Lemongrass allergy

18 November 2016
Comments: 0
18 November 2016, Comments: 0

Lemongrass is a widely-used herb in Asian dishes as well as in herbal teas and in essential oil form. Lemongrass allergy is considered uncommon but capable of triggering the typical food allergy symptoms if swallowed or even allergic contact dermatitis if directly handled.

Any undesirable symptoms that manifests after using lemongrass should be discussed with a doctor. It is recommended to discontinue use until the doctor provides further instructions.

Close look on food allergy

Lemongrass is not included in the list of common food allergies but once ingested as an herb in a dish or herbal tea, it triggers the development of food allergy symptoms. This reaction occurs once the body wrongly identifies lemongrass as a threat.

The body reacts by releasing antibodies and chemicals including histamine. This causes the soft tissues to constrict in which they become inflamed and swollen.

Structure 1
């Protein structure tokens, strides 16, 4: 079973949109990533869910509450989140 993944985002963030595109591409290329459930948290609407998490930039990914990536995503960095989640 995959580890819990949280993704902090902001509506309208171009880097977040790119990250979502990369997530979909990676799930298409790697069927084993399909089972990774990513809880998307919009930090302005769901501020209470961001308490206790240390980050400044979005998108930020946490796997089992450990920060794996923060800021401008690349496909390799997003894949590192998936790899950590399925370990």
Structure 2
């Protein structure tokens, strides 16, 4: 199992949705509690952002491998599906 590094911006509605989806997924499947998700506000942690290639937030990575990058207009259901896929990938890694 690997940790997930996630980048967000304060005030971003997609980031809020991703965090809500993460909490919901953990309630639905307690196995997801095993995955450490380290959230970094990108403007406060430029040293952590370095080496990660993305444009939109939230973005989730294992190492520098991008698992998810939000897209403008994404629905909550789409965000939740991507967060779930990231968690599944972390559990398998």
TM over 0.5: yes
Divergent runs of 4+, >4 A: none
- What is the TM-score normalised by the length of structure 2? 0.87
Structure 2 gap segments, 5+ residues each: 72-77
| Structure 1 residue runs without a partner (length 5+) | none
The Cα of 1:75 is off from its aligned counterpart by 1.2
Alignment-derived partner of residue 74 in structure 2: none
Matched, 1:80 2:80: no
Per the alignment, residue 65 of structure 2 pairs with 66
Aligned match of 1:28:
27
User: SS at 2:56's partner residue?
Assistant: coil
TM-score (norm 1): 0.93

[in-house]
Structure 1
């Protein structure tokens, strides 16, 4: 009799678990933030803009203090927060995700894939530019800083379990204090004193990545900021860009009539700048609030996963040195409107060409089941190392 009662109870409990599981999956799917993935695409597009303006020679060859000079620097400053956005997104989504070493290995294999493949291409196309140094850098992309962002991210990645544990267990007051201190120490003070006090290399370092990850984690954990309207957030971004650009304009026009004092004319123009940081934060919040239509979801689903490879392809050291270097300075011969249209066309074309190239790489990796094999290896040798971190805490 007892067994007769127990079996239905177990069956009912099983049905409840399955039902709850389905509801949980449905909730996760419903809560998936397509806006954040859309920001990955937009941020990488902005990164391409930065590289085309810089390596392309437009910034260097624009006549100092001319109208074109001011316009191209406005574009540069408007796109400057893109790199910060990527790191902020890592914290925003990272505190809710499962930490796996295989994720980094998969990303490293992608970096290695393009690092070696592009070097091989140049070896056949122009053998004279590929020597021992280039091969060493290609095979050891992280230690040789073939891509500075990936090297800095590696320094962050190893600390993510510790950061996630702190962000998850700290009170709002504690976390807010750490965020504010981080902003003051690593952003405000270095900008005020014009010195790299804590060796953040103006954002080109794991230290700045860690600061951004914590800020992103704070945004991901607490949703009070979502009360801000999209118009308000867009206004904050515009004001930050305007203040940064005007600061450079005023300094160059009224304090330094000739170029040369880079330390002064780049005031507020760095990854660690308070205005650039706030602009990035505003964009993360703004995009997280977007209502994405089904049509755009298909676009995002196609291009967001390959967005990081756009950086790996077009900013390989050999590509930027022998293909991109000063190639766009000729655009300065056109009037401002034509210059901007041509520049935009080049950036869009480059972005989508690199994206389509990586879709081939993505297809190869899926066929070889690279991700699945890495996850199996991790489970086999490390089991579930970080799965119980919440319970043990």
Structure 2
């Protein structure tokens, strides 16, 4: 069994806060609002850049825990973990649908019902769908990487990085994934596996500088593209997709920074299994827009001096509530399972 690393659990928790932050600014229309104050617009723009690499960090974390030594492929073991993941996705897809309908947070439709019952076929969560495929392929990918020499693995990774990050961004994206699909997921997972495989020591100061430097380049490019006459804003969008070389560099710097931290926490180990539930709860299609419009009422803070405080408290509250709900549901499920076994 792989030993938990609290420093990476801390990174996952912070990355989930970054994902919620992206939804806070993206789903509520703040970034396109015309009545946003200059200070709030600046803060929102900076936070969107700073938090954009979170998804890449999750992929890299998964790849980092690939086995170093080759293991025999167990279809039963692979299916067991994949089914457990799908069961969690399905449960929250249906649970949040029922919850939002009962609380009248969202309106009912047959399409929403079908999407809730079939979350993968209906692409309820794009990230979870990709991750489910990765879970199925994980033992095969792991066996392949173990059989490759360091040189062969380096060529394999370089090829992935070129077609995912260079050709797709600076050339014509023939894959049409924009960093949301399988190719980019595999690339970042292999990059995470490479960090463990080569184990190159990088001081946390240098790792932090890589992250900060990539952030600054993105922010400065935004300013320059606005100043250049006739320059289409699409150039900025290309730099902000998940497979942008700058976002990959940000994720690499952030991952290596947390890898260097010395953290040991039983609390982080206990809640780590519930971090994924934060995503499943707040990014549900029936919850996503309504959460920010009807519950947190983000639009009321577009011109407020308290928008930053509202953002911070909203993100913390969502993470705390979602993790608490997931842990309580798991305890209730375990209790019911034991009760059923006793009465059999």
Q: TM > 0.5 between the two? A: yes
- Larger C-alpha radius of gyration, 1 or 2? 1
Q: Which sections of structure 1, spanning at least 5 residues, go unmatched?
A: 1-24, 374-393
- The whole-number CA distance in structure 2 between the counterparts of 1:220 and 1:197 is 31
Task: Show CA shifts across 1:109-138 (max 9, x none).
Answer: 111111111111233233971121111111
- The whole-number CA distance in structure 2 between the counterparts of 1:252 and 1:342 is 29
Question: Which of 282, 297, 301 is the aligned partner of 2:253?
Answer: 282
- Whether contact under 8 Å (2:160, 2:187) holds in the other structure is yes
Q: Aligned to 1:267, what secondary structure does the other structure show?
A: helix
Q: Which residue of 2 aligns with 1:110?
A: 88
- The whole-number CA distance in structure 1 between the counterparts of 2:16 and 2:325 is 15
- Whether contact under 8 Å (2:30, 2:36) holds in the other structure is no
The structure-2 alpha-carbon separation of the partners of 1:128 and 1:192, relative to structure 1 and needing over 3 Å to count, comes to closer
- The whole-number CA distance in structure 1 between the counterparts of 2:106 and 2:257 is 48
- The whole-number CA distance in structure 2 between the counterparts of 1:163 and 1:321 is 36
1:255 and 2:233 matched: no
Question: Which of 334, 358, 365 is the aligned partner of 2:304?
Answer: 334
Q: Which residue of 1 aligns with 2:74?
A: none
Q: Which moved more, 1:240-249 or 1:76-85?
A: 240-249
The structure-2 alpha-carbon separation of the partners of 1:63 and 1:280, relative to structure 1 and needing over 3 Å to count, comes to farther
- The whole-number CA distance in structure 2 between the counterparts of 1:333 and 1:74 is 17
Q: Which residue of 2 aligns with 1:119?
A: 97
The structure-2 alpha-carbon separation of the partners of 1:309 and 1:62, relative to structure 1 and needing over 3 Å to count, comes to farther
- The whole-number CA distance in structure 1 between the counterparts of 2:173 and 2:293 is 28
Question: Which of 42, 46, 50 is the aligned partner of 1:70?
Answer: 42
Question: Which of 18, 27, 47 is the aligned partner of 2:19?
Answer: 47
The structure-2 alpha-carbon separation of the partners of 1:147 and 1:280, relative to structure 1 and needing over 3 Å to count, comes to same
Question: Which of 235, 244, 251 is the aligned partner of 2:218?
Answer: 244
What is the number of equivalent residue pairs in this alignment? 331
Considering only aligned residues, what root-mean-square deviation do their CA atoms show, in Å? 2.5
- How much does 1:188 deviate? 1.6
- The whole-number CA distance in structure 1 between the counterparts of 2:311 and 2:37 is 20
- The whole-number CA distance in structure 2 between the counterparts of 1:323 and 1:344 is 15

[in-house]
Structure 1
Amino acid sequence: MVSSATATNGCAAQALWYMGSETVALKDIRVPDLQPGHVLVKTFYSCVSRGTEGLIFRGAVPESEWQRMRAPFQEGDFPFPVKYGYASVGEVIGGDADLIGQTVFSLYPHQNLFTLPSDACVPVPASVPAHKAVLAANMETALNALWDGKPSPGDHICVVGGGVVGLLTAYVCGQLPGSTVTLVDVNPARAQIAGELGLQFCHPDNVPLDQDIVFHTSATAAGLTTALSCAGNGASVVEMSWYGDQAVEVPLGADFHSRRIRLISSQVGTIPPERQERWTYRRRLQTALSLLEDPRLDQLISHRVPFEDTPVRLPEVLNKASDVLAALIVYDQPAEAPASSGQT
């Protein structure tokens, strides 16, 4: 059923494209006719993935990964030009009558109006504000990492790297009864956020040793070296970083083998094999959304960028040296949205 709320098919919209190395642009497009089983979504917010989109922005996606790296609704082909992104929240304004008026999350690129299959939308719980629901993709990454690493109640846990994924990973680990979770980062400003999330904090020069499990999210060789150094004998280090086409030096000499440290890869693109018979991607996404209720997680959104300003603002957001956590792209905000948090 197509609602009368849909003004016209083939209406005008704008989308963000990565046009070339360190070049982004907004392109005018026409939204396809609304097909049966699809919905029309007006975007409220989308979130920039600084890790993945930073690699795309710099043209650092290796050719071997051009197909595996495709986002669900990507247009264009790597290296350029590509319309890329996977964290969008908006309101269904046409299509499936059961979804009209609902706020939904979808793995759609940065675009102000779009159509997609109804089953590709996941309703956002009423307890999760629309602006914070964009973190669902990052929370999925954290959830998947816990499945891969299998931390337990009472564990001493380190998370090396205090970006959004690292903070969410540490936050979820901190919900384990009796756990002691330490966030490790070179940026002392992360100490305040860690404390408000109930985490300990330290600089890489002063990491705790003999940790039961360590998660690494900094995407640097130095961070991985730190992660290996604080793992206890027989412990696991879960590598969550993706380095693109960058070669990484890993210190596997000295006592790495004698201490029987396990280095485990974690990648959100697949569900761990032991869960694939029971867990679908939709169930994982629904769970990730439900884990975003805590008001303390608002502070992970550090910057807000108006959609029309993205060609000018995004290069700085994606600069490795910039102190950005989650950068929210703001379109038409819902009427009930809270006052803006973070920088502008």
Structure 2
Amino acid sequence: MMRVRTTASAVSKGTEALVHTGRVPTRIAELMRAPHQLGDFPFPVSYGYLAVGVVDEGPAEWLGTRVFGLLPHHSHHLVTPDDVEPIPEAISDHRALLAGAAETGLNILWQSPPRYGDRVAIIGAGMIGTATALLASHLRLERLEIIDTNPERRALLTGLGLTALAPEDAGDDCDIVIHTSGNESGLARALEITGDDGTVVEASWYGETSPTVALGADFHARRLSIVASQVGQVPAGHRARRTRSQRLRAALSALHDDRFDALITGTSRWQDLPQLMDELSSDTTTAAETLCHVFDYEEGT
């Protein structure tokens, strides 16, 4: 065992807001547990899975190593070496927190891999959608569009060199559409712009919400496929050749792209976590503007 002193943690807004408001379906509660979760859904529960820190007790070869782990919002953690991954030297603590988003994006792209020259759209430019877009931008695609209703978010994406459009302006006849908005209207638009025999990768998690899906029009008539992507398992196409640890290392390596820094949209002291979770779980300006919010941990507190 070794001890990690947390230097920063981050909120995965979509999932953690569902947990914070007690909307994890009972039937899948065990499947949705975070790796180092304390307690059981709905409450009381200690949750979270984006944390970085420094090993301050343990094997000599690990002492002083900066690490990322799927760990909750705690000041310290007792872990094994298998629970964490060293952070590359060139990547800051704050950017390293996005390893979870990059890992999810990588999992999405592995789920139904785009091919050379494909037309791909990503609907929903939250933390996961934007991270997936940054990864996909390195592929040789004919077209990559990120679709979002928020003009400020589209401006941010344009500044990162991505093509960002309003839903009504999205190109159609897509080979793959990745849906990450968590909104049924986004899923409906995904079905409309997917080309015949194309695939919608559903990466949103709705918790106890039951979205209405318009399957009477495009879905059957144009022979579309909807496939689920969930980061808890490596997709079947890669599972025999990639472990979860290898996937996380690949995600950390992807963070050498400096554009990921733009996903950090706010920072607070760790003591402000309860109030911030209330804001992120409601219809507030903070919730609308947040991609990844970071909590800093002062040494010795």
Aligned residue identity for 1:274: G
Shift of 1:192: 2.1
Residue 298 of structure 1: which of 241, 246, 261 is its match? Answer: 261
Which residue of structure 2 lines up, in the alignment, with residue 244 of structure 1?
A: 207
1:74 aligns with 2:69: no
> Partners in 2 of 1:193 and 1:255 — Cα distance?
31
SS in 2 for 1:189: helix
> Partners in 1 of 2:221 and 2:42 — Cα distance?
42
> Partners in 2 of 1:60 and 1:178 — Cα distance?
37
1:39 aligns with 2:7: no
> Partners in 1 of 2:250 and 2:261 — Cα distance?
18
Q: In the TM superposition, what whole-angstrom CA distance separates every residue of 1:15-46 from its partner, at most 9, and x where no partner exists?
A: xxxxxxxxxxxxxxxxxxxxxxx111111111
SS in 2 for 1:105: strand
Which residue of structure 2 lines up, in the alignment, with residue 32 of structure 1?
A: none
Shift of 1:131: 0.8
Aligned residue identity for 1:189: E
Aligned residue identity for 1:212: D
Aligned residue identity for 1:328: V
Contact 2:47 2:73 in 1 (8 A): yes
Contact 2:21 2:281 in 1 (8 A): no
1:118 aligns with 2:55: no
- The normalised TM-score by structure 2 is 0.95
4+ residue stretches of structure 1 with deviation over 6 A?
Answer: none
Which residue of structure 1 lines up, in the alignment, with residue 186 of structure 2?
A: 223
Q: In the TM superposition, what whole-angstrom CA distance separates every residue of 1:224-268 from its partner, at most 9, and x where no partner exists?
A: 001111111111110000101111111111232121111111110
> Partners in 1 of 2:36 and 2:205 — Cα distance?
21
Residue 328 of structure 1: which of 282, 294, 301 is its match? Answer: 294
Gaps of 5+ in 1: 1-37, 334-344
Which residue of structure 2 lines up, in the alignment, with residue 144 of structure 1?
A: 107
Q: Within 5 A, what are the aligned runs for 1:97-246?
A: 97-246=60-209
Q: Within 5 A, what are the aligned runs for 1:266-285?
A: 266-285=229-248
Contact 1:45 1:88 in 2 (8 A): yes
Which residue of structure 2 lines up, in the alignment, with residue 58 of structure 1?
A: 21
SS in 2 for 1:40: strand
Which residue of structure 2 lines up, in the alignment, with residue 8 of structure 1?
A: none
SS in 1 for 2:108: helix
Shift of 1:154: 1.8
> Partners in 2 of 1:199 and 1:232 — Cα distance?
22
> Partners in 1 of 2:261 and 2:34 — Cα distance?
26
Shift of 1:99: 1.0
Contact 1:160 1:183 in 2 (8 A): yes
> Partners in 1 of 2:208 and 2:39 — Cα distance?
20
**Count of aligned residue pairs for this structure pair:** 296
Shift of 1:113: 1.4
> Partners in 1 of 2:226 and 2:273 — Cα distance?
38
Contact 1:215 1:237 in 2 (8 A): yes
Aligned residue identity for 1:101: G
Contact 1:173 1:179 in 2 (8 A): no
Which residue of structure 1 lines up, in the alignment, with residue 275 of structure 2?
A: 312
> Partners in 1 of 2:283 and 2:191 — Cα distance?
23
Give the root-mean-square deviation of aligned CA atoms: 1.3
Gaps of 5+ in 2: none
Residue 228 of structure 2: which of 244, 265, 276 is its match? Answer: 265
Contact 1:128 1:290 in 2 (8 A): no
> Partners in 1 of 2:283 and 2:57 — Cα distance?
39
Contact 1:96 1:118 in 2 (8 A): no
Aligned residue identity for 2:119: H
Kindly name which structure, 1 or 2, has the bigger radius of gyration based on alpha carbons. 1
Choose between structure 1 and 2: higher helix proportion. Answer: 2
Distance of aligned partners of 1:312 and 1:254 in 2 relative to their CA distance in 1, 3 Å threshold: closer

What are the indications if I have lemongrass allergy?

The reactions typically involve the respiratory system, skin and digestive tract. The indications might develop in just a few minutes or up to 2 hours after ingestion of the herb.

Respiratory symptoms

Lemongrass allergy

Allergic contact dermatitis is a skin reaction that occurs once the skin is directly exposed to lemongrass.

  • Shortness of breath
  • Wheezing
  • Chest tightness
  • Coughing
  • Nasal congestion
  • Runny nose
  • Sneezing
  • Postnasal drip

Digestive symptoms

  • Bloating
  • Gas
  • Abdominal cramps
  • Nausea
  • Diarrhea
  • Vomiting

Skin symptoms

  • Skin irritation and itchiness
  • Eczema
  • Hives

What is allergic contact dermatitis?

Allergic contact dermatitis is a skin reaction that occurs once the skin is directly exposed to lemongrass. It is widely used as an essential oil that is applied on the skin as fragrance.

If the individual is allergic, applying the oil on the skin can trigger redness, inflammation, pain and itchiness within minutes. Once this occurs, you should wash the area using water and soap and apply a cold compress or hydrocortisone cream.

Possible complications

Just like with other allergies, a severe reaction can occur if the individual is highly sensitive. Anaphylaxis is a severe bodily reaction that can be deadly if not promptly treated.

The indications of a severe reaction include the following:

  • Facial swelling
  • Difficulty breathing
  • Hives
  • Rapid heart rate
  • Lightheadedness

In case these symptoms manifest, you should call for emergency assistance or bring the individual to the nearest emergency department right away.

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